Before my 11-day guided tour of southern Africa, I'm emailed with a list of tour options in Cape Town. Which one would I like to do?
There's an afternoon of wine-tasting among the villas of Stellenbosch. There's a Harley Davidson tour of Cape Town, including Camps Bay beach where the models hang out. And there's a two-hour walking tour of a black township.
I hesitate over fine wines, fast motorbikes and models on beaches, before ticking the box marked 'Township'.
Langa township is 10 kilometres from the five-star hotels of Victoria and Alfred Wharf, and a million miles from the stuff that makes Cape Town one of the world's most beautiful cities. It's flat, a little bigger than Sydney's Centennial Parklands, and home to 80,000 people (the population of Launceston). It's bounded by a railway line, a busy freeway and a garbage transfer station.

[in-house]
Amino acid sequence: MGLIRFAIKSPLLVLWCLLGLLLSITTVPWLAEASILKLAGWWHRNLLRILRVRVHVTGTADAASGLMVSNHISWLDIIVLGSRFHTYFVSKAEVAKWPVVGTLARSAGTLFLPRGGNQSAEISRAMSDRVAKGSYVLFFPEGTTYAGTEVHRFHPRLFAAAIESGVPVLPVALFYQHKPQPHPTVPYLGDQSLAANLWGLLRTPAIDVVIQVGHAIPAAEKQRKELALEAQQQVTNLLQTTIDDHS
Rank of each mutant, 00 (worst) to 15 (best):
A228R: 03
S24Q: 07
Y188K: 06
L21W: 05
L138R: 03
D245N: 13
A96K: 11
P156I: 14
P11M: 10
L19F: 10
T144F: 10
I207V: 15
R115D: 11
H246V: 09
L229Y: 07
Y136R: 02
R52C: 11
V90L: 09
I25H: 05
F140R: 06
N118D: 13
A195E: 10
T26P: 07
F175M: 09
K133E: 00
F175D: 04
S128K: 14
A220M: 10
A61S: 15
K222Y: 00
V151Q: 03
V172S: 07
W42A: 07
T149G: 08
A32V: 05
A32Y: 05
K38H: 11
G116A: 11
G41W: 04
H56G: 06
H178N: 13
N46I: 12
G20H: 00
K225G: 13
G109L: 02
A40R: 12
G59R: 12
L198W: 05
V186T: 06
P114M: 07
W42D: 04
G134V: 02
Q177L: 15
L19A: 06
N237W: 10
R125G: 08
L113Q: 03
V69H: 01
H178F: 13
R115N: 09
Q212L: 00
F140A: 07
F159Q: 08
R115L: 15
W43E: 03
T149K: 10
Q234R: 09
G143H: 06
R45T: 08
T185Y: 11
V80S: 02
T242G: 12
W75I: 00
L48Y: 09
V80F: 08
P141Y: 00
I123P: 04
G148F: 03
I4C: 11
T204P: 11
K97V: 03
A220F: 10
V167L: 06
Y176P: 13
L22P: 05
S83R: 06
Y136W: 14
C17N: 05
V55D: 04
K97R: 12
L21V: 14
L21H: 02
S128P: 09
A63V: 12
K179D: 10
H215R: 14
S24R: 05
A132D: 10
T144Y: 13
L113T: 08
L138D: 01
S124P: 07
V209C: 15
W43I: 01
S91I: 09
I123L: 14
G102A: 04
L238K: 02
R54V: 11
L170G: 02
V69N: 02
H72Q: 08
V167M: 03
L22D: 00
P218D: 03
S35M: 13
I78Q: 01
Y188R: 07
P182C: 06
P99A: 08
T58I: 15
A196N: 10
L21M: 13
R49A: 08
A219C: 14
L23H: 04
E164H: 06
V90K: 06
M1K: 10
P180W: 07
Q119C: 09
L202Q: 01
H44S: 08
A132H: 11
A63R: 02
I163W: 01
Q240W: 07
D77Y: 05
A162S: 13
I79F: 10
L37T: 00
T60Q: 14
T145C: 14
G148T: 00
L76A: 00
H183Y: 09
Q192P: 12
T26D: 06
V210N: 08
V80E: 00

Our small group of seven is greeted in the centre of Langa by resident Chippa Mngangwa. A friendly, open-faced chap with a ready smile, Chippa thanks us for visiting and tells us how to greet locals in the Xhosa language ('Mollo'). But his next statement sets me back a little.
"The people you meet during your holiday in Cape Town – all the security guards, the waiters, the maids – they live here, in a township. Each day they travel to your hotels and restaurants and earn between 250 to 300 Euros [A$400 to $485] a month. They work to survive."
Over decades of travelling in South Africa I've met lots of security guards, waiters and maids at hotels and restaurants. I try to make conversation, though the gulf between us is hard to bridge. And it suddenly strikes me: I've never got past polite chit-chat because I've never thought about their lives on a deeper level.